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Old 11-12-2017, 16:19   #5
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Re: Full time cruising choices?

there's a good story on this on the last issue of SAIL..
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Old 11-12-2017, 16:27   #6
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Re: Full time cruising choices?

After about 1.5 years now of living on the boat I would say the generator and WiFi booster have had the most impact on happiness. We have the normal boater things, but I think too many wannabes focus of sailing stuff and not on living on a boat things. As an example If you think spending $1500 on a spinnaker or storm jib makes sense, but spending $500 on a mattress is crazy, well you are on the wrong mental track.
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Old 11-12-2017, 16:30   #7
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Re: Full time cruising choices?

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Originally Posted by Caribbeachbum View Post
I think only you can answer your question
Exactly

Our list was extensive and based on 40 years on the water so will differ from many but one of the most important thing after all the boxes were ticked was the passive income stream to keep it all chugging along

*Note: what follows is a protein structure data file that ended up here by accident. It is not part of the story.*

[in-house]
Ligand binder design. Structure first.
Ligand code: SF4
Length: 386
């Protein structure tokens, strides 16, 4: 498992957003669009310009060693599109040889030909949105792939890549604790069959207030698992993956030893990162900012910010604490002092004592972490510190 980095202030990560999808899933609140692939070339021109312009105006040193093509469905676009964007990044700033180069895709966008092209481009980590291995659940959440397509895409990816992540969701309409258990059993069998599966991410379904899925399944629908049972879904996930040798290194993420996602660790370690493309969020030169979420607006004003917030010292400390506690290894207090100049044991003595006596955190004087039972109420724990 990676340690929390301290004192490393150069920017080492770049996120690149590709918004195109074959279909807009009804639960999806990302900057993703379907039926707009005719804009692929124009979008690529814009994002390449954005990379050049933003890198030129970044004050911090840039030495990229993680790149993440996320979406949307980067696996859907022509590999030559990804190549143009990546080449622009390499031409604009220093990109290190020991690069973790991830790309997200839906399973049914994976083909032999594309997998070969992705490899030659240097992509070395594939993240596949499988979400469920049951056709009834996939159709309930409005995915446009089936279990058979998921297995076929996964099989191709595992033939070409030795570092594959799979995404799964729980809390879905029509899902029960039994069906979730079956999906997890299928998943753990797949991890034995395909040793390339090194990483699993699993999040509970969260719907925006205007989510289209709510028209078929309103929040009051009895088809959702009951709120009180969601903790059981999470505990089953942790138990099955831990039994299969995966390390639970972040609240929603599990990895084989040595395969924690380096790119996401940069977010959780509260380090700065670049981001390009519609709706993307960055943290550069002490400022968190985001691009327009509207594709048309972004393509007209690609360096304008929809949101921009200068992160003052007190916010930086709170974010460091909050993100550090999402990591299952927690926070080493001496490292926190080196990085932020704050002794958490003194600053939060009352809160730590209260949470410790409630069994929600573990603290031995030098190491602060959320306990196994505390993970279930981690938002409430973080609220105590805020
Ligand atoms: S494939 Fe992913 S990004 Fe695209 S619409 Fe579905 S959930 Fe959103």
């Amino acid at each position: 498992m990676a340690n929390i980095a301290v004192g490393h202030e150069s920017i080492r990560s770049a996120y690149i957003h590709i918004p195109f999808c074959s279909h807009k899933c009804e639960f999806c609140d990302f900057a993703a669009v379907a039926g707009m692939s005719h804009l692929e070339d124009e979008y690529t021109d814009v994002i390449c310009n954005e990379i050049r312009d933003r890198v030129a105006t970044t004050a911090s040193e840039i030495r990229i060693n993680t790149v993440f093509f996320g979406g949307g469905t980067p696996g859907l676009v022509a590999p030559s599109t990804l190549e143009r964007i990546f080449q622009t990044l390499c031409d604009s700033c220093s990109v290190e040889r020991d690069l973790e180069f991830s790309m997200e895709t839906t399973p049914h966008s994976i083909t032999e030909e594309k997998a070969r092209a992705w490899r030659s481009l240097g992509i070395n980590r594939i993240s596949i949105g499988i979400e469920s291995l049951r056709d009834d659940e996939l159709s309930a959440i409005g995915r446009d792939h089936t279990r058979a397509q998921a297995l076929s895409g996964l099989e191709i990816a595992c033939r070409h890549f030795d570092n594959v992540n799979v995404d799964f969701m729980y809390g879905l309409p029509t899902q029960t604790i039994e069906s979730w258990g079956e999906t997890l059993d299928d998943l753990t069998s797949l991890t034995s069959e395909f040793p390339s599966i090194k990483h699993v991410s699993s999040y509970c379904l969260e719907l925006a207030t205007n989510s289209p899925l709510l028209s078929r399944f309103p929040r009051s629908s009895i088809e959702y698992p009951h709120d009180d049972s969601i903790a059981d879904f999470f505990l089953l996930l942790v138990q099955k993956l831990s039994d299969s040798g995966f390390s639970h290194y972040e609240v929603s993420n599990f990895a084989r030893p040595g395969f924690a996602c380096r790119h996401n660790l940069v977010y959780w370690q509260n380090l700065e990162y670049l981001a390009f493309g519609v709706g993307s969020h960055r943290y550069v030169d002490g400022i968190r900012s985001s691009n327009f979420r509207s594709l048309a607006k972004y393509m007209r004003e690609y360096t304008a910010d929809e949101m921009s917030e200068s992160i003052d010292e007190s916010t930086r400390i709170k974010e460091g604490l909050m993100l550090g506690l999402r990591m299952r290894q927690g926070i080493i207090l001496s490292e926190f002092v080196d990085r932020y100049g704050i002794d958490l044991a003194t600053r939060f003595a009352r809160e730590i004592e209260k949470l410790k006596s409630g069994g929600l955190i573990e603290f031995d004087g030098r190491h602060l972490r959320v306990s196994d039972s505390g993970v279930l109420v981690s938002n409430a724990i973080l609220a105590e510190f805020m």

Once those boxes were ticked my partner was happily on board.
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Old 11-12-2017, 17:10   #8
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Re: Full time cruising choices?

Simi, I agree with that. Without the income stream, everything becomes harder. However, whatever level that is at is something the individuals have to select for themselves.

We chose a boat that ticked 20 out of 21 "non-negotiable" requirements that we wrote out that reflect our particular boat prejudices. We showed this list to various brokers, with very different reactions. If you find a good one, he or she will be grateful.

What we ended up with is a fin keel, skeg rudder mono with a store size double berth forward, and aft, another almost that big, and two singles on the other side. Both aft cabins are now functioning as garage and shed, although we can pack tighter for guests, as needed. This boat is 46 ft. overall, and 44 on the waterline, and loaded for full time cruising, displaces about 12 tonnes. She has a 7/8 fractional rig with swept back spreaders, but we use the runners all the time, to lessen forestay sag. I think a mast with inline spreaders is a better deal for a cruising boat, because you can wing out the main further for downwind runs. She is solent rigged, two furlers. The main has slab reefing. She is quite responsive to puffs, and does surf occasionally. Would more, if we drove her harder, but we rarely use her spinnaker any more. In the right conditions, we sometimes pass similar sized catamarans with our relaxed sailing style. Her designer, Jon Sayer, designs fast boats for the Melbourne to Osaka Races, and her builder commissioned Sayer to draw him a cruising boat. We are the second owners, and have made minimal changes.